Publishing Addiction Science: A Self-Guided Tutorial

Welcome | Target Audience | Technical Requirements | Sponsors | Teaching Faculty |
How to Use this Tutorial | For Course Directors | About ISAJE | The Book

Welcome to the PARINT self-guided tutorial, "Publishing Addiction Science."

Welcome to the PARINT self-guided tutorial, called "Publishing Addiction Science: A Guide for the Perplexed." 
This tutorial was developed by the International Society of Addiction Journal Editors (ISAJE), with sponsorship from the US National Institute on Drug Abuse and the World Health Organization.  It reviews publication practices that can help people to publish scientific articles and other scholarly information.  The tutorial also deals with publication ethics.

This tutorial is designed for people interested in publishing any scholarly writing on the subject of alcohol, illicit drugs, tobacco and other abused substances.  It is especially designed for pre-doctoral students, post-doctoral research fellows, clinical interns, senior research assistants, junior faculty investigators, and to a lesser extent, established investigators in the addiction field.   

If you are interested in how and where to publish addiction science, you can go directly to the menu option called "How to Use this Tutorial."  It describes the ten tutorial modules as well as the background readings that will allow you to explore the lecture material in greater depth.  Before you begin, however, you should consult the menu option called "Technical Requirements" to make sure that your computer can handle the software. 

Once you have found out how to use the tutorial you can go directly to the Tutorial Modules, which cover the following topics:

1) How to Choose a Journal.
2) Publication Issues Related to Being a Graduate Student or Postdoctoral Fellow.
3) How to Write a Research Paper. 
4) How to Write Publishable Qualitative Research.
5) The Use and Abuse of Citations.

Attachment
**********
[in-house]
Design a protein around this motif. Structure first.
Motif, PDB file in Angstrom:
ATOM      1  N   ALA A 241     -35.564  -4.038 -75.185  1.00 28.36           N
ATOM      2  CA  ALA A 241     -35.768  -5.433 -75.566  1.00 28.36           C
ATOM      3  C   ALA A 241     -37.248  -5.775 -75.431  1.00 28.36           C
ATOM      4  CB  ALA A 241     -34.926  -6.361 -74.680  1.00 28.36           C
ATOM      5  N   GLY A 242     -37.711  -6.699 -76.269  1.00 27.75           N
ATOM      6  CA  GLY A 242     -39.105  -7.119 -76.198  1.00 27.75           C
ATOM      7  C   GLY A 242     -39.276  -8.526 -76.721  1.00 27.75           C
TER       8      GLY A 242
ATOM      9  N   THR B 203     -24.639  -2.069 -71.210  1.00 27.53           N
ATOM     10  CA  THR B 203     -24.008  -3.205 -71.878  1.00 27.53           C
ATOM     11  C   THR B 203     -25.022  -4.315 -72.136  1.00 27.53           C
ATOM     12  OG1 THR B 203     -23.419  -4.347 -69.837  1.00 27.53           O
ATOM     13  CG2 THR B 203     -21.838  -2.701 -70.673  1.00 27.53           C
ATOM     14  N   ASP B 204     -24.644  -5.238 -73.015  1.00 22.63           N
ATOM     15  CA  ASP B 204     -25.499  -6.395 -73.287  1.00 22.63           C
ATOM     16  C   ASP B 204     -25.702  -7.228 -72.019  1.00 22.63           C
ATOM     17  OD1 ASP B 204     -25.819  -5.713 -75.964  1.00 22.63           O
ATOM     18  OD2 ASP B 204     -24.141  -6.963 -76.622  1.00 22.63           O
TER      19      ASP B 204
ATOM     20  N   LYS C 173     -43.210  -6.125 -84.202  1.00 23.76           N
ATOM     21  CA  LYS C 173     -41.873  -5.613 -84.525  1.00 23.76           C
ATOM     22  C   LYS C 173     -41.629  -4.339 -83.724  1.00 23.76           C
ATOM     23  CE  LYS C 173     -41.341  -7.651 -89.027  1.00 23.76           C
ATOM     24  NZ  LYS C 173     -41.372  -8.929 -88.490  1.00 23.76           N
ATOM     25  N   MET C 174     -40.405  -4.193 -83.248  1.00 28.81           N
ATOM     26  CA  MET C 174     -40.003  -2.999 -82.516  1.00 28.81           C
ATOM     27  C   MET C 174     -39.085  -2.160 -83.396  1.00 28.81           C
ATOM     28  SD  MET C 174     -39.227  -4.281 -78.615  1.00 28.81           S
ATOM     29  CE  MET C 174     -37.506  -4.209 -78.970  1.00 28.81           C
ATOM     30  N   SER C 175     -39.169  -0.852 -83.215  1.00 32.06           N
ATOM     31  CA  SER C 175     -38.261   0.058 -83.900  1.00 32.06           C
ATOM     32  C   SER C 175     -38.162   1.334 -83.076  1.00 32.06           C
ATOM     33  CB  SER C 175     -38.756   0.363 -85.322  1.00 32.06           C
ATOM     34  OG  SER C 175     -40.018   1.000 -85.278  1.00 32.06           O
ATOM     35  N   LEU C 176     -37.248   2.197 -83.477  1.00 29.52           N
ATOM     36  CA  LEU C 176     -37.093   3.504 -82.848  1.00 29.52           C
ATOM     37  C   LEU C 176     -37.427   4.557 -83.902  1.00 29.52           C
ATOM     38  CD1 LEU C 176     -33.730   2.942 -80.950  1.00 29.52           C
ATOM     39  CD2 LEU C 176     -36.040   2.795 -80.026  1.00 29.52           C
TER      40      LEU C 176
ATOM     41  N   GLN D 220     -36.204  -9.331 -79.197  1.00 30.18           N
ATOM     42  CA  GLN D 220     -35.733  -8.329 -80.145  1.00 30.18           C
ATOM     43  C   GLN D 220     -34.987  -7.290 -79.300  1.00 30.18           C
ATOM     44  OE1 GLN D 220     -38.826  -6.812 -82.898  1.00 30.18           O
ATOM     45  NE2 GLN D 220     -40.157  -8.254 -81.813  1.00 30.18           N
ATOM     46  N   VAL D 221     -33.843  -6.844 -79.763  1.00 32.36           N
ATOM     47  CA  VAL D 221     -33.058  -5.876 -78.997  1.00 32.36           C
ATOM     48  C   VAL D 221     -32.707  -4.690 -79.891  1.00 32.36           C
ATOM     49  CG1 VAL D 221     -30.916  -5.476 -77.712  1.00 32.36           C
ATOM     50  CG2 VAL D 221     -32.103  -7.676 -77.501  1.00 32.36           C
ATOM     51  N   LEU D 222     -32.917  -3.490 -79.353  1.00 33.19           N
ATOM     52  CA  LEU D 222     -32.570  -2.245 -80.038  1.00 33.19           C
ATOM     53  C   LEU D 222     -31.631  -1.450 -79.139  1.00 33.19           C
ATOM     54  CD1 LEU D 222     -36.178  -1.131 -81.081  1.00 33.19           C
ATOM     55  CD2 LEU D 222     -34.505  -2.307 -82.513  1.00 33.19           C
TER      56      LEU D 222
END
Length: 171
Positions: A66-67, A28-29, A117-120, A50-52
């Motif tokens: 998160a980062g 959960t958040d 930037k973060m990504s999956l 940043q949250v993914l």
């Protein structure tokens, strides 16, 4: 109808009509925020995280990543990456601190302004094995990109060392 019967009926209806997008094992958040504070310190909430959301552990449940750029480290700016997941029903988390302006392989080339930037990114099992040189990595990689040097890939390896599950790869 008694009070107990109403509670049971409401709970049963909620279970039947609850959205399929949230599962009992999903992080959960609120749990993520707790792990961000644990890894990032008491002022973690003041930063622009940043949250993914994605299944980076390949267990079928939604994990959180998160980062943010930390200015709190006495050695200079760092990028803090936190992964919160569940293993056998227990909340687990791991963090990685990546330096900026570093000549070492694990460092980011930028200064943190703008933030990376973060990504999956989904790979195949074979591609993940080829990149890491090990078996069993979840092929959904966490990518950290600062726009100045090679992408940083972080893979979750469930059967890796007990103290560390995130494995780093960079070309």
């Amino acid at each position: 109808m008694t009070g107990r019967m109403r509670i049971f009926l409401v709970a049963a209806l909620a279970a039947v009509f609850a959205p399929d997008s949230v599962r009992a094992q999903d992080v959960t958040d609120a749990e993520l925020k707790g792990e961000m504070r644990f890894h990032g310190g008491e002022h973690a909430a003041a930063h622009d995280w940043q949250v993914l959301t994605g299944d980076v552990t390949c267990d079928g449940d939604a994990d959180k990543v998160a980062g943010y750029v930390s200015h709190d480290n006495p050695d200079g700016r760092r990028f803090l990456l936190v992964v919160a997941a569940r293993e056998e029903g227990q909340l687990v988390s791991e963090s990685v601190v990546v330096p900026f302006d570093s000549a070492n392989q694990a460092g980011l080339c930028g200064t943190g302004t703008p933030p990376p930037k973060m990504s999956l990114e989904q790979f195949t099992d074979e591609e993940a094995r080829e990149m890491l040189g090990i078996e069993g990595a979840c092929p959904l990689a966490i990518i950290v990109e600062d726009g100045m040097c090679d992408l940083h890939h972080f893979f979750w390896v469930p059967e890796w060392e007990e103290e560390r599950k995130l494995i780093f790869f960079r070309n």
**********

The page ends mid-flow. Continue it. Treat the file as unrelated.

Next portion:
6) Authorship Issues.
7) Preparing Manuscripts and Responding to Referees' Reports. 
8) Serving as a Referee and Writing Reviews for Peer Review Journals.
9) Publication Ethics. 
10) Science & Industry: Ethics of Academic Relationships with theAlcohol Beverage Industry, Pharmaceutical Companies and Other Funding Agencies.

If you are interested in learning more about the sponsors of the tutorial and the teaching faculty responsible for developing it, please go to the respective menu options. 

If you are a course director or other teaching faculty, you can go to the menu option called: "A Note to Course Directors and other Faculty Interested in Using This Tutorial."  This section describes how the tutorial can be used as part of a course, workshop or seminar. 
The tutorial is based on the book, Publishing Addiction Science: A Guide for the Perplexed, 2nd edition.  If you would like to obtain a copy of the book, go to the menu item labeled "The Book."
Thank you for visiting this website.  We hope it is useful and enjoyable.


Technical Requirements

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Sponsors and Acknowledgements

The developers of this tutorial would like to thank the U.S. National Institute on Drug Abuse for their support of the PARINT website ( and for their contribution to the logistical and technical work that was necessary to bring this project to fruition.  Additional support for the development of the on-line tutorial was provided by the U.S. National Institute on Alcohol Abuse and Alcoholism.  We are grateful to the International Society of Addiction Journal Editors and the World Health Organization, Programme on Mental Health and Substance Dependence, for the encouragement and support they provided.

Numerous people participated in the development of this tutorial.  Technical support was provided by the University of Connecticut, Farmington, Connecticut, USA. The National Research and Development Center for Welfare and Health, STAKES; Helsinki, Finland, provided space and technical support for the video-filming. The following individuals provided valuable expertise at different stages of the project:  Deborah Paturzo, Deborah Talamini, William Hengstenberg, Frank Barton and Thomas Babor from the University of Connecticut Health Center, Farmington, CT, USA; Ian Stolerman from the Institute of Psychiatry, London, UK; Kerstin Stenius and Jyrki Penttilä, STAKES, Helsinki, Finland; Robert West, University of London, UK; Richard Pates, Community Addictions Unit, Cardiff, Wales and Susan Savva, The International Society of Addiction Journal Editors, London, UK.  Finally, we thank Kim Wolf for her suggestion to use the video streaming technology.